Music for the season – acclamations, Mass settings, hymns and instrumental music – should be appropriately festive, though the customary call of the holiday season may well mean that musicians and singers are in short supply.  It may be a challenge, but singing the angelic hymn “Glory to God” should be a happy feature of the Sunday eucharist throughout the season. 

The customary three-fold judgement for the choice of music remains in place: does each piece satisfy the proper liturgical, musical and pastoral criteria?  This applies particularly to carols during the Mass.  Are they appropriate for the liturgical action?  Are they of sufficient musical quality?  Will they engage the assembly readily in song, given that some of them may have been constantly in commercial play for months before Christmas?

Many parishes have carol singing on Christmas Eve, especially in the lead-up to family Masses.  This can engage the assembly in the spirit of the night and prepare them for participation in the liturgy itself.


The liturgical setting for the Christmas season and its feasts should evoke a spirit of festive joy.  While the prevailing colour of the season is white, arrangements of flowers could boldly incorporate its secondary colour, red.  Enough needs to be done to celebrate the season visually, provided it complements and does not overwhelm the primary symbols of the liturgy or distract from the action of the celebration.

Christmas candle

Some parishes may have the custom of replacing with four candles of the Advent wreath with a single white candle to mark the birth of Christ.  This should be of modest size to ensure that it is not confused with the paschal candle and its unique significance.  In any case, if the wreath is so modified, it should still be removed by the end of Christmas Day.

Christmas tree

It may also be the custom in some parishes to install a Christmas tree in the liturgical space.  If this is to forge a fruitful link between the secular and the spiritual celebration of Christmas, it should be decorated simply and appropriately and placed where it does not divert from or interfere with the liturgical action.

Pastoral issues

The liturgical celebration of Christmas offers valuable pastoral opportunities even as it presents particular challenges.  The special character of Christmas attracts large numbers of people who wish to attend Mass, especially as families.  This means an unusually high proportion of both young children and of people who are not regular Mass-goers.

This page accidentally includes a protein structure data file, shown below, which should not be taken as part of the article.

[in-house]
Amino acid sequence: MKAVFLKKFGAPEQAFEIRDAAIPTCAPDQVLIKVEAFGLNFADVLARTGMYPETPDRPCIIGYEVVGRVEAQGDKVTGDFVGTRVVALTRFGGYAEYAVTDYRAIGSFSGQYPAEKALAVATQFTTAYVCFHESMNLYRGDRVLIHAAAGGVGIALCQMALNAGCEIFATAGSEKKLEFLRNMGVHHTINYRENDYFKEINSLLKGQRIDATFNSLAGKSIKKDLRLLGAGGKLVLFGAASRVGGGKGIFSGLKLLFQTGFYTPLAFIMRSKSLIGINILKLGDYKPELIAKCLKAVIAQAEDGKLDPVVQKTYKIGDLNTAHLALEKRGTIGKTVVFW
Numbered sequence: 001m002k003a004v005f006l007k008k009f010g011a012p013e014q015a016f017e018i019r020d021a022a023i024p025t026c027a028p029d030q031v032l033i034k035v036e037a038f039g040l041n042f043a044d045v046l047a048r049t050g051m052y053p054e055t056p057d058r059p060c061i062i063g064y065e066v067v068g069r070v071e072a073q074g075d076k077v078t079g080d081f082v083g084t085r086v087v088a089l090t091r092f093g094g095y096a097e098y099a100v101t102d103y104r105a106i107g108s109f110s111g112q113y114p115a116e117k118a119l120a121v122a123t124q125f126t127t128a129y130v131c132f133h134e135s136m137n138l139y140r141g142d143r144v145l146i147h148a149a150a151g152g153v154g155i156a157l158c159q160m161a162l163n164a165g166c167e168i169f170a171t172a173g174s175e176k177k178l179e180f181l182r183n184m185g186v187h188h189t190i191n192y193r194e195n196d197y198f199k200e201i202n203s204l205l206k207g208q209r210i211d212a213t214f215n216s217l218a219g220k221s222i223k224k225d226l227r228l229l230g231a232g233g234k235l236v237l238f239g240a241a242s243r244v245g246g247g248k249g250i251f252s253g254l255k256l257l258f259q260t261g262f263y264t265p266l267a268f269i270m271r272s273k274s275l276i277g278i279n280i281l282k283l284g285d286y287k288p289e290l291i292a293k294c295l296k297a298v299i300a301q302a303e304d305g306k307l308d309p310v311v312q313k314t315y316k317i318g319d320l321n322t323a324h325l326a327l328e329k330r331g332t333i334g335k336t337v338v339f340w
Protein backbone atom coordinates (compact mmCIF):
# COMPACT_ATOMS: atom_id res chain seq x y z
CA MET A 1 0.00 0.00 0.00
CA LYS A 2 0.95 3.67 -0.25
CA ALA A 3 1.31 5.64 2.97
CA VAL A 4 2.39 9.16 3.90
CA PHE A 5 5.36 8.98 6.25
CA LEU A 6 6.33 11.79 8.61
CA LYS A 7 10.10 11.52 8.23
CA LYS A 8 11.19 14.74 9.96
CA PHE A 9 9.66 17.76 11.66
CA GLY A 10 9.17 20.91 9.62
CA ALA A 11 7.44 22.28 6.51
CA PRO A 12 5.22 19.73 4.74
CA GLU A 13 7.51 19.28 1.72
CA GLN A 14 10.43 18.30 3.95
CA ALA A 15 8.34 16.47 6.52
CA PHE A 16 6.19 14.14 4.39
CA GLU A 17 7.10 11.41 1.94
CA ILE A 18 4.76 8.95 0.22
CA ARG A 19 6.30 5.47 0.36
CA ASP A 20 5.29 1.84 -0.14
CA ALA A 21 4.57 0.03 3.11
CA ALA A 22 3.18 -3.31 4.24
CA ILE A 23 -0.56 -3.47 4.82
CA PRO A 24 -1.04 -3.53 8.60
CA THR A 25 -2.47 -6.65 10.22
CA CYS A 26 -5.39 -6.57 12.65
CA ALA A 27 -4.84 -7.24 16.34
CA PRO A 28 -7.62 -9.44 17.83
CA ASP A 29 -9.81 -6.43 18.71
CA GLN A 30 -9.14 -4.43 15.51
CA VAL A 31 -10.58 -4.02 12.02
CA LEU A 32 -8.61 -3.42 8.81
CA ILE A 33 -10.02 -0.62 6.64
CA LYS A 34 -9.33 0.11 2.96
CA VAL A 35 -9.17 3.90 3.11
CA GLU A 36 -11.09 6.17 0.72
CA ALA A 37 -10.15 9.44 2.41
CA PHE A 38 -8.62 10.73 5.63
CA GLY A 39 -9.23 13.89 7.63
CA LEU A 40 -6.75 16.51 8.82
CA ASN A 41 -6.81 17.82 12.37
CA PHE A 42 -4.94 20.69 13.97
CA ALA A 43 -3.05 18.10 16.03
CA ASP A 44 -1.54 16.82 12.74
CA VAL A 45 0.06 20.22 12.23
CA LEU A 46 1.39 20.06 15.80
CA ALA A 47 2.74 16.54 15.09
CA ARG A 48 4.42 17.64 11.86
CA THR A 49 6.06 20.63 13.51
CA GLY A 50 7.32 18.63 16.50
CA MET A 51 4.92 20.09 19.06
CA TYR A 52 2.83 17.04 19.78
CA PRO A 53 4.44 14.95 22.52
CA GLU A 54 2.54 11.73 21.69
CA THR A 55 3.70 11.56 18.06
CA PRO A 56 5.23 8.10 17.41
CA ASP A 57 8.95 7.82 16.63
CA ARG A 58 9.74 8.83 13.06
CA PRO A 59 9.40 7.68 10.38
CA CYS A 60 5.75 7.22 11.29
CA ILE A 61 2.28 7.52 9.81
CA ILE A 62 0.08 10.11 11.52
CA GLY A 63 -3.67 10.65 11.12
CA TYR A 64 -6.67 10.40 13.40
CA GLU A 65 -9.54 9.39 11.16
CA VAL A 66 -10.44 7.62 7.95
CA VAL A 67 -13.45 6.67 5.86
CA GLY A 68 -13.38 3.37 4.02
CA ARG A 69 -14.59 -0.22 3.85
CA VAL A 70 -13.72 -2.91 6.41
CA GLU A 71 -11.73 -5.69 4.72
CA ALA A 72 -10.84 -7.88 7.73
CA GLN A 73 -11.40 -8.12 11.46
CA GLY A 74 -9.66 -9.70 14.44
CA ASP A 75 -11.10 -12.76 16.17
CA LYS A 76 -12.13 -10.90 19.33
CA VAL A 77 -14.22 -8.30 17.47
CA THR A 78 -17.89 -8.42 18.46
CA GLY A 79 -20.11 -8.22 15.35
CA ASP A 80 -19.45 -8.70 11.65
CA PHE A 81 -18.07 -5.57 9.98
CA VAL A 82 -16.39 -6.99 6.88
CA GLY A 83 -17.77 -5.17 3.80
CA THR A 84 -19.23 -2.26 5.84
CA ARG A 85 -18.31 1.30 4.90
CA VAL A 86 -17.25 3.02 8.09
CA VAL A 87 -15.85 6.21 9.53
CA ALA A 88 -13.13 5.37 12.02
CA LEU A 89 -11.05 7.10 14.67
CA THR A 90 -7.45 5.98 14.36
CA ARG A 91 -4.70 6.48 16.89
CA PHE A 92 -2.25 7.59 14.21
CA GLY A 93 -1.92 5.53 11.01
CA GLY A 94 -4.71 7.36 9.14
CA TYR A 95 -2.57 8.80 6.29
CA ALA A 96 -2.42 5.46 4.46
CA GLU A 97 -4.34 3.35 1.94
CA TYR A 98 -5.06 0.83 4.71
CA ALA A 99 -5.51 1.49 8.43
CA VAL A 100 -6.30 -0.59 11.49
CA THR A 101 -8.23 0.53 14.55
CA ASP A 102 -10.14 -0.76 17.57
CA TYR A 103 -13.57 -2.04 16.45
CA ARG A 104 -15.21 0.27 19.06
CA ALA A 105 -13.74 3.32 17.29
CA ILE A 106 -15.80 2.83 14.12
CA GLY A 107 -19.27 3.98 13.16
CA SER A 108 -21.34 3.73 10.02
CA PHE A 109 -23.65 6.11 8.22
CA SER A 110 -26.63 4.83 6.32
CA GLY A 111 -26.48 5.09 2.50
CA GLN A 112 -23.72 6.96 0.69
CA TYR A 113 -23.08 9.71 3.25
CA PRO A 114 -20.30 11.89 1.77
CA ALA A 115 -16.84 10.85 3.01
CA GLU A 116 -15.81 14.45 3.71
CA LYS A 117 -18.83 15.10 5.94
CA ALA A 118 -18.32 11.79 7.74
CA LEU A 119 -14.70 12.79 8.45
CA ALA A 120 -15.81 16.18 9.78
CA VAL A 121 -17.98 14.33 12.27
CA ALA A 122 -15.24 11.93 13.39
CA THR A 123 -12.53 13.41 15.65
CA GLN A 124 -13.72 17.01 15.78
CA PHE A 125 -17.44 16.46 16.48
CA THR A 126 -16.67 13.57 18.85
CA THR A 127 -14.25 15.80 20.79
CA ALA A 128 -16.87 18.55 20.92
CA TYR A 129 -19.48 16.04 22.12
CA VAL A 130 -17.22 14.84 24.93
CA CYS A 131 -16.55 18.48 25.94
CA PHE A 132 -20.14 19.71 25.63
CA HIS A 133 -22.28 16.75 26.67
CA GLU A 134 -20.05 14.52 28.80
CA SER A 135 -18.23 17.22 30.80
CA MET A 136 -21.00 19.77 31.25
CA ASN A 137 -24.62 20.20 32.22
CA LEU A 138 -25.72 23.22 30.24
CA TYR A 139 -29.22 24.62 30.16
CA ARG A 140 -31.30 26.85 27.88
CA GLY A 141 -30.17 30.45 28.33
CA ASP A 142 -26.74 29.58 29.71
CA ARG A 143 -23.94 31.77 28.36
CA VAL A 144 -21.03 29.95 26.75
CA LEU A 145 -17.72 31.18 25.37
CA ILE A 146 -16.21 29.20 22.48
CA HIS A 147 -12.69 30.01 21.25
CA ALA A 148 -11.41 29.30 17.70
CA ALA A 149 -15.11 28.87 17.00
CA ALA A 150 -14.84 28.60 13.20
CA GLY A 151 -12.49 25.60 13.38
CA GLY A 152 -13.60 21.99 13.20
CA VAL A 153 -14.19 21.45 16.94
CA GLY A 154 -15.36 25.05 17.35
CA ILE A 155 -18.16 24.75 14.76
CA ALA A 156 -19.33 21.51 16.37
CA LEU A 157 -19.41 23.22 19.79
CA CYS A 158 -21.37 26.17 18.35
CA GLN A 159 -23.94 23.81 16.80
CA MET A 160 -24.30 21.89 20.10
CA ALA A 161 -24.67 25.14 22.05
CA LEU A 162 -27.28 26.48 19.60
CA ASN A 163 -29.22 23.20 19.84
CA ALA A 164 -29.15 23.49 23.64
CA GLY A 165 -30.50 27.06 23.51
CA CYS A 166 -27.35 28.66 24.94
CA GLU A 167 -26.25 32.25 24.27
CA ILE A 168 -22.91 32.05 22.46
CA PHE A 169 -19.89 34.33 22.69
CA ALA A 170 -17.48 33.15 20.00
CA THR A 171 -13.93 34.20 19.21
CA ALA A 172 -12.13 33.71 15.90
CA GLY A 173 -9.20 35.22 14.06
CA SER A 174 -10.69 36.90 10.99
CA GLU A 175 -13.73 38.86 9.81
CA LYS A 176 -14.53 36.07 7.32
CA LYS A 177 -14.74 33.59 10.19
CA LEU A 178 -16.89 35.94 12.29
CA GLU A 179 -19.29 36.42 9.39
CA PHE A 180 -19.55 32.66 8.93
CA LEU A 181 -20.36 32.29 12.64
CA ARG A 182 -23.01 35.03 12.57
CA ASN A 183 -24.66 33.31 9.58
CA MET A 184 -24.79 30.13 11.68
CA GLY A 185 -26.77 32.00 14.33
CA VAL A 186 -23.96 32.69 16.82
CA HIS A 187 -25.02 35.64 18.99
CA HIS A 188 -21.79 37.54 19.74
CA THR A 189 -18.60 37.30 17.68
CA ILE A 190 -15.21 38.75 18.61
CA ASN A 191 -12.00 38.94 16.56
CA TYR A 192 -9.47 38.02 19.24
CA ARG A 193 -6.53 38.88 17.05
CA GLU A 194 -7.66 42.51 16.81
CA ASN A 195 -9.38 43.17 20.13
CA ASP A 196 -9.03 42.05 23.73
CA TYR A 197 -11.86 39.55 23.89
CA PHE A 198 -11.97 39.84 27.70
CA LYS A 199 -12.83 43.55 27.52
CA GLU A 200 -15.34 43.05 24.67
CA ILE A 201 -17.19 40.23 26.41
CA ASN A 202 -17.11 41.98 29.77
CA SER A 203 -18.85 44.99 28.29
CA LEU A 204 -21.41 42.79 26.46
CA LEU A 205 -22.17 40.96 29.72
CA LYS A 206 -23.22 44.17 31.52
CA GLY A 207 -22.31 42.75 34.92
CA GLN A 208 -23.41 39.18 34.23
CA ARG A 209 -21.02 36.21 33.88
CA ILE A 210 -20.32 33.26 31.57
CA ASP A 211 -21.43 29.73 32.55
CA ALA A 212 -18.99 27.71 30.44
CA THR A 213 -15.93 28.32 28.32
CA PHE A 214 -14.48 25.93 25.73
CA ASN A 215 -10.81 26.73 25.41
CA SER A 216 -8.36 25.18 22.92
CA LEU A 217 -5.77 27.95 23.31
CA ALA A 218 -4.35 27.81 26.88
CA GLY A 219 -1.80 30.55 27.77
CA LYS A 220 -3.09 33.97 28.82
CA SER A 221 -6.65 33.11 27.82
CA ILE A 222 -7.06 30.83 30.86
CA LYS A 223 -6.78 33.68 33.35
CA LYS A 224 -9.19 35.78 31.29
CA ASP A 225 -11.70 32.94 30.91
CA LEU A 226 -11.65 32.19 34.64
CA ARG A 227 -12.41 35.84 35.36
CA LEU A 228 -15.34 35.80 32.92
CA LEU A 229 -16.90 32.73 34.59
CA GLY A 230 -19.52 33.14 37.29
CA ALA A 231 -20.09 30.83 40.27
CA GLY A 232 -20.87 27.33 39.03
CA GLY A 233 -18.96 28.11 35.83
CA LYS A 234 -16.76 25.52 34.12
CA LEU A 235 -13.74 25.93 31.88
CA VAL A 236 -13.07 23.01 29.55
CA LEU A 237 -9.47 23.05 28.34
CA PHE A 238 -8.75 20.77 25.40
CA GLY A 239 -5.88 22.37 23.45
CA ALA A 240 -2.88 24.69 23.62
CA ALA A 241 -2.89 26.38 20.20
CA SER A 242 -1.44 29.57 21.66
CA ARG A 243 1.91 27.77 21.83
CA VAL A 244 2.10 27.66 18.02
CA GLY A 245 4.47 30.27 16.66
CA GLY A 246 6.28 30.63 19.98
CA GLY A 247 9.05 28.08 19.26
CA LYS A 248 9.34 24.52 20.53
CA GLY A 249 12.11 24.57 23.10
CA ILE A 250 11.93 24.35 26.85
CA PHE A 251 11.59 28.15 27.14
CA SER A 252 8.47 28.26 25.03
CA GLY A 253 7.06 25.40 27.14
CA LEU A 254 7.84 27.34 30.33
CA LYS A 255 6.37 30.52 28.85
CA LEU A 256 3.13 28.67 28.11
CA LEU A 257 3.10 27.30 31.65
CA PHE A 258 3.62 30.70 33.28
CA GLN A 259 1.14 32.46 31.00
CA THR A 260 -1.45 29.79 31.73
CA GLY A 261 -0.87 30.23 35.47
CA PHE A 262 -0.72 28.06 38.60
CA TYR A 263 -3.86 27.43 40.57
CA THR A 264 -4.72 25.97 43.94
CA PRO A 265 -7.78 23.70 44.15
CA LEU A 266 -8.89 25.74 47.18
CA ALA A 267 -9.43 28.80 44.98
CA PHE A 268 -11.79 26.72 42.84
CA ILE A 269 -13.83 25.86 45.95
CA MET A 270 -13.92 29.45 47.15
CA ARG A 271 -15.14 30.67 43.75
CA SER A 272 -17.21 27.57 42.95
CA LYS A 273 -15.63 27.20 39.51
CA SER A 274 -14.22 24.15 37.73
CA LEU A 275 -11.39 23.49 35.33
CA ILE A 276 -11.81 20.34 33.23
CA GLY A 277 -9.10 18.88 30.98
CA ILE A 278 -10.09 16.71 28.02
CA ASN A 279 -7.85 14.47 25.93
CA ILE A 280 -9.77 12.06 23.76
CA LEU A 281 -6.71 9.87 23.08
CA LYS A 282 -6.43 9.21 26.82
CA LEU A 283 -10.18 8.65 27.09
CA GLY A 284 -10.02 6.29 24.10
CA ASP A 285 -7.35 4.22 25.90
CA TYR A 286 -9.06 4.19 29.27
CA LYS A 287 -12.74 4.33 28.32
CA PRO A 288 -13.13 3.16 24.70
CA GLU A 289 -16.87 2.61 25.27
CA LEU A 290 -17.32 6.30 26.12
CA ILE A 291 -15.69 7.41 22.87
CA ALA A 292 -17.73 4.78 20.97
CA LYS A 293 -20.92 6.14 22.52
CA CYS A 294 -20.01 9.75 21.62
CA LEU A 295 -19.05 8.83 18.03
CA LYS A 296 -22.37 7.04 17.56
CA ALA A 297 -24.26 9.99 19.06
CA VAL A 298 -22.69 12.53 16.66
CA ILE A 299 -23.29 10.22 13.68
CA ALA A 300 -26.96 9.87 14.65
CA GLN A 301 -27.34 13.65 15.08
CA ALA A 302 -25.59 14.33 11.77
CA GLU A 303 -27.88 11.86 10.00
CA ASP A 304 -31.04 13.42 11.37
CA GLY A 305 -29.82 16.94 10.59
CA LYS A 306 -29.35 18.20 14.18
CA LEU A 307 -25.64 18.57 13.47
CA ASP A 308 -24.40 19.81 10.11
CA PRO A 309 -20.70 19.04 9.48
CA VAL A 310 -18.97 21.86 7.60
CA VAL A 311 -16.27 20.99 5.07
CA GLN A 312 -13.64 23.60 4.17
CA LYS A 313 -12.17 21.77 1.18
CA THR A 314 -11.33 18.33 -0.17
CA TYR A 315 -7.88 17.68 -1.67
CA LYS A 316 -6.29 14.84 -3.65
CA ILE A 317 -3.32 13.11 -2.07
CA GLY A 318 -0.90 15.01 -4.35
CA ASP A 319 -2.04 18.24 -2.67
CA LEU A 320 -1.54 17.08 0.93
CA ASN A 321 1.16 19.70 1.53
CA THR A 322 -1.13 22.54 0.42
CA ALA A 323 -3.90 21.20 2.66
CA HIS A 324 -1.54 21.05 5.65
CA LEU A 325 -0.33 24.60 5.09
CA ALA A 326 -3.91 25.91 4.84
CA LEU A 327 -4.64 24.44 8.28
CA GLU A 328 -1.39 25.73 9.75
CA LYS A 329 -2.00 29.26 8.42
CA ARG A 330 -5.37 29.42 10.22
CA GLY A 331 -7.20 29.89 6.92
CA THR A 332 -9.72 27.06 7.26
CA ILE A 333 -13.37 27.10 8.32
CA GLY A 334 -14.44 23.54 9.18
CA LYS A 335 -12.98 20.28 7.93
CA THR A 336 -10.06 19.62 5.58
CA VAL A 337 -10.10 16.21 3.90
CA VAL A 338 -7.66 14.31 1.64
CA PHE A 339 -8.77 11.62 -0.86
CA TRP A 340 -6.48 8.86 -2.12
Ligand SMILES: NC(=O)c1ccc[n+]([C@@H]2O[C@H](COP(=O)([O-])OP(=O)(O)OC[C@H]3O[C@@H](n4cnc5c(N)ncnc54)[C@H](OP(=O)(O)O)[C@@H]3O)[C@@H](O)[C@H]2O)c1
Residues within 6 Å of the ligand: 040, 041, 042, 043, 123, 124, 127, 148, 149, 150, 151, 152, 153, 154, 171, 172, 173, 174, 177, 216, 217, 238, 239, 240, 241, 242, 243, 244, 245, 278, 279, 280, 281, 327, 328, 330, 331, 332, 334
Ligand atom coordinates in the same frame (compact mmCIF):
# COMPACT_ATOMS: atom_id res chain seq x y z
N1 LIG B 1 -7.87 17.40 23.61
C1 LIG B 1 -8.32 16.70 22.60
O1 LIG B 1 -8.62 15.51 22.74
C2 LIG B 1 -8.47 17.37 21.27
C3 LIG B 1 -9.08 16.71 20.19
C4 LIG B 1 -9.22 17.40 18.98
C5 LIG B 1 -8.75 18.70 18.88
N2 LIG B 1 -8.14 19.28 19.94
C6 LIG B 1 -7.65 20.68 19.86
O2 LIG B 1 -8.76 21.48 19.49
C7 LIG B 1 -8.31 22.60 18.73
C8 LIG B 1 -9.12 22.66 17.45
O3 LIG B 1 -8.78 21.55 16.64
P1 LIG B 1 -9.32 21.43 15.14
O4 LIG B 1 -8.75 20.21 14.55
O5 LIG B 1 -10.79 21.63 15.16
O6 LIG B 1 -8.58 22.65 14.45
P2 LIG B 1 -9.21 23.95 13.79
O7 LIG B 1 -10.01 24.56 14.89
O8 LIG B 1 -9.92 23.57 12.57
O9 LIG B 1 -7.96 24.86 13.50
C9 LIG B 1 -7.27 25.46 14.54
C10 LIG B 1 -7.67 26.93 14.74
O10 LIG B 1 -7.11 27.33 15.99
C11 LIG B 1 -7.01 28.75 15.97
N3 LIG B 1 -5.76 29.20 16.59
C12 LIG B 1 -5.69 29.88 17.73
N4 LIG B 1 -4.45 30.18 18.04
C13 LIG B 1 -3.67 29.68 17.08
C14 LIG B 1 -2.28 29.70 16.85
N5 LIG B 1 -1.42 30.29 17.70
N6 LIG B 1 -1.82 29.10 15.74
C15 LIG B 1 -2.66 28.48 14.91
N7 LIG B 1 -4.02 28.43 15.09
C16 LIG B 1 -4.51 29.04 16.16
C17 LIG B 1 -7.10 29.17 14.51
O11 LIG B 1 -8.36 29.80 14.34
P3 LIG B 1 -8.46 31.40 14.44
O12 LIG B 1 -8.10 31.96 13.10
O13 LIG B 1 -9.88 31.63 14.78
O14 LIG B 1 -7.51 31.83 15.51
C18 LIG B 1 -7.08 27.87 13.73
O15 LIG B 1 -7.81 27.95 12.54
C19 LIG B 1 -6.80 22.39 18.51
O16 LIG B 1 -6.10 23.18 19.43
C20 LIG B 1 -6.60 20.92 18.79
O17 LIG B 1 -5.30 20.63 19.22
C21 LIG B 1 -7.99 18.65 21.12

Eliciting participation 

Along with the logistical issues of when to schedule Masses on Christmas Eve and how to accommodate larger crowds, especially if the weather is hot and humid, the pressing question is how to elicit the full, conscious and active participation of the assembly.

Christmas pageant

Given the popularity of Christmas Eve Masses for families with young children, some parishes seek to involve children, and thereby engage the attention of their parents and the congregation, in a pageant or dramatization of Luke’s nativity narrative.  While this may have immediate appeal, pastors need to be aware of its less helpful implications.  It may well reinforce a naively literal understanding of what is in fact a highly symbolic Gospel account.  It may also insinuate the notion that the eucharistic celebration as a whole is a theatrical performance rather than a liturgical memorial.  Two factors can alleviate these risks: a) keeping the pageant within modest limits, and b) a well-crafted homily that marries contemporary scholarship with good communication skills.

Full participation: a shared task

All liturgical ministers have a key role to play in fostering the assembly’s participation:

  • musicians and singers need to choose the music and rehearse well in advance; this preparation extends to ensuring that the whole congregation has access to the words of all items that are to be sung, whether in hard copy or via screens; it also means that all the equipment for sound amplification is in working order and is ready to be placed in the pre-determined locations
  • readers need to be identified in time for them to prepare the text they are to proclaim; special rehearsals should be arranged so they can practise how to communicate God’s word in the unusual circumstances of Christmas; they will need to gain the congregation’s attention, speak more deliberately and with greater volume, and make proper use of pauses; they must appreciate how important a pastoral opportunity this is
  • every effort should be made to offer Holy Communion under both kinds, even if this may seem very difficult to achieve; it will require careful planning to ensure there is enough bread and wine to be consecrated, to work out where and how Communion is to be distributed, and to secure and train sufficient ministers
  • ministers of hospitality can play a vital role in welcoming people, especially strangers and visitors, and finding a place for them
  • presiders, as always, have a unique role in orchestrating the whole celebration and facilitating the prayer of the whole assembly; they will serve their people well if they lead with warmth and grace and if they can communicate God’s word succinctly and effectively.

A final word

One of the rare treasures of the Advent-Christmas season is the Gospel for Mass on Christmas Day itself.   As noted above, the majestic opening chapter of the Gospel of John is never heard on any Sunday or other feastday throughout the year (unless by way of exception when there happens to be a Second Sunday after the Nativity).  The last words of the prologue are as beautiful as they are profound:

Indeed, from his fullness
we have all received,
grace upon grace,
for the Law was given through Moses,
grace and truth came through Jesus Christ.

No one has ever seen God;
it is the only-begotten Son,
who is close to the father’s heart
who has made him known.

John 1:17-18 (Revised New Jerusalem Bible)